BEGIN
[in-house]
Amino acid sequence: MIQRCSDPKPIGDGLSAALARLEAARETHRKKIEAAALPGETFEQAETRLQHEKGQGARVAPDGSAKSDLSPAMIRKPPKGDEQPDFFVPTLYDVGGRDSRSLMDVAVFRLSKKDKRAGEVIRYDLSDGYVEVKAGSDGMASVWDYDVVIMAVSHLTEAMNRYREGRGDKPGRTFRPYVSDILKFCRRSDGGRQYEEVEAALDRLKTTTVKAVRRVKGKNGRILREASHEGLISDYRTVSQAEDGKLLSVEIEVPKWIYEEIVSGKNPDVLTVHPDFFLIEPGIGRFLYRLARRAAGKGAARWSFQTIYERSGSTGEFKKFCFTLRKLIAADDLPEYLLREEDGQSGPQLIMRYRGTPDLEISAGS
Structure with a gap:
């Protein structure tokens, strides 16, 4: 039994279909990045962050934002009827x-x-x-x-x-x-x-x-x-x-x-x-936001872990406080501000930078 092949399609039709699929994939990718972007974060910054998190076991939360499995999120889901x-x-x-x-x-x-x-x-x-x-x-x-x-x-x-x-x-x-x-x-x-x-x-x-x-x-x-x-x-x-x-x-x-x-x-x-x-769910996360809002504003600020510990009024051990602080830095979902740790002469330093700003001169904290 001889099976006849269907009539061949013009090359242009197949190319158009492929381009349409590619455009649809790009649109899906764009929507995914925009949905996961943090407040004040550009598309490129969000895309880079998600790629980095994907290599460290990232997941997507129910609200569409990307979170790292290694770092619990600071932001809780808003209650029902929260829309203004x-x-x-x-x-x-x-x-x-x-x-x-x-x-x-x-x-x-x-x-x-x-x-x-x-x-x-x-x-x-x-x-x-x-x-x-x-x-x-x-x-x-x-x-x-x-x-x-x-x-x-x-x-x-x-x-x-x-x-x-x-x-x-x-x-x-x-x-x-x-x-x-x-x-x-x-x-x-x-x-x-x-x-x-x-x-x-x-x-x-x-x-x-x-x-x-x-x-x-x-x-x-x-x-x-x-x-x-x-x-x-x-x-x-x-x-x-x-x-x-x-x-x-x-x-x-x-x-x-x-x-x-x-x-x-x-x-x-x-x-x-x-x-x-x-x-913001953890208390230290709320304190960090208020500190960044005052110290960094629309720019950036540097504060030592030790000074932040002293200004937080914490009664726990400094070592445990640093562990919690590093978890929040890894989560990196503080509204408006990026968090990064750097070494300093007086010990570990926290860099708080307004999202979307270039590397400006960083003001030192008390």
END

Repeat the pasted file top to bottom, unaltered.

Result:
[in-house]
Amino acid sequence: MIQRCSDPKPIGDGLSAALARLEAARETHRKKIEAAALPGETFEQAETRLQHEKGQGARVAPDGSAKSDLSPAMIRKPPKGDEQPDFFVPTLYDVGGRDSRSLMDVAVFRLSKKDKRAGEVIRYDLSDGYVEVKAGSDGMASVWDYDVVIMAVSHLTEAMNRYREGRGDKPGRTFRPYVSDILKFCRRSDGGRQYEEVEAALDRLKTTTVKAVRRVKGKNGRILREASHEGLISDYRTVSQAEDGKLLSVEIEVPKWIYEEIVSGKNPDVLTVHPDFFLIEPGIGRFLYRLARRAAGKGAARWSFQTIYERSGSTGEFKKFCFTLRKLIAADDLPEYLLREEDGQSGPQLIMRYRGTPDLEISAGS
Structure with a gap:
């Protein structure tokens, strides 16, 4: 039994279909990045962050934002009827x-x-x-x-x-x-x-x-x-x-x-x-936001872990406080501000930078 092949399609039709699929994939990718972007974060910054998190076991939360499995999120889901x-x-x-x-x-x-x-x-x-x-x-x-x-x-x-x-x-x-x-x-x-x-x-x-x-x-x-x-x-x-x-x-x-x-x-x-x-769910996360809002504003600020510990009024051990602080830095979902740790002469330093700003001169904290 001889099976006849269907009539061949013009090359242009197949190319158009492929381009349409590619455009649809790009649109899906764009929507995914925009949905996961943090407040004040550009598309490129969000895309880079998600790629980095994907290599460290990232997941997507129910609200569409990307979170790292290694770092619990600071932001809780808003209650029902929260829309203004x-x-x-x-x-x-x-x-x-x-x-x-x-x-x-x-x-x-x-x-x-x-x-x-x-x-x-x-x-x-x-x-x-x-x-x-x-x-x-x-x-x-x-x-x-x-x-x-x-x-x-x-x-x-x-x-x-x-x-x-x-x-x-x-x-x-x-x-x-x-x-x-x-x-x-x-x-x-x-x-x-x-x-x-x-x-x-x-x-x-x-x-x-x-x-x-x-x-x-x-x-x-x-x-x-x-x-x-x-x-x-x-x-x-x-x-x-x-x-x-x-x-x-x-x-x-x-x-x-x-x-x-x-x-x-x-x-x-x-x-x-x-x-x-x-x-913001953890208390230290709320304190960090208020500190960044005052110290960094629309720019950036540097504060030592030790000074932040002293200004937080914490009664726990400094070592445990640093562990919690590093978890929040890894989560990196503080509204408006990026968090990064750097070494300093007086010990570990926290860099708080307004999202979307270039590397400006960083003001030192008390």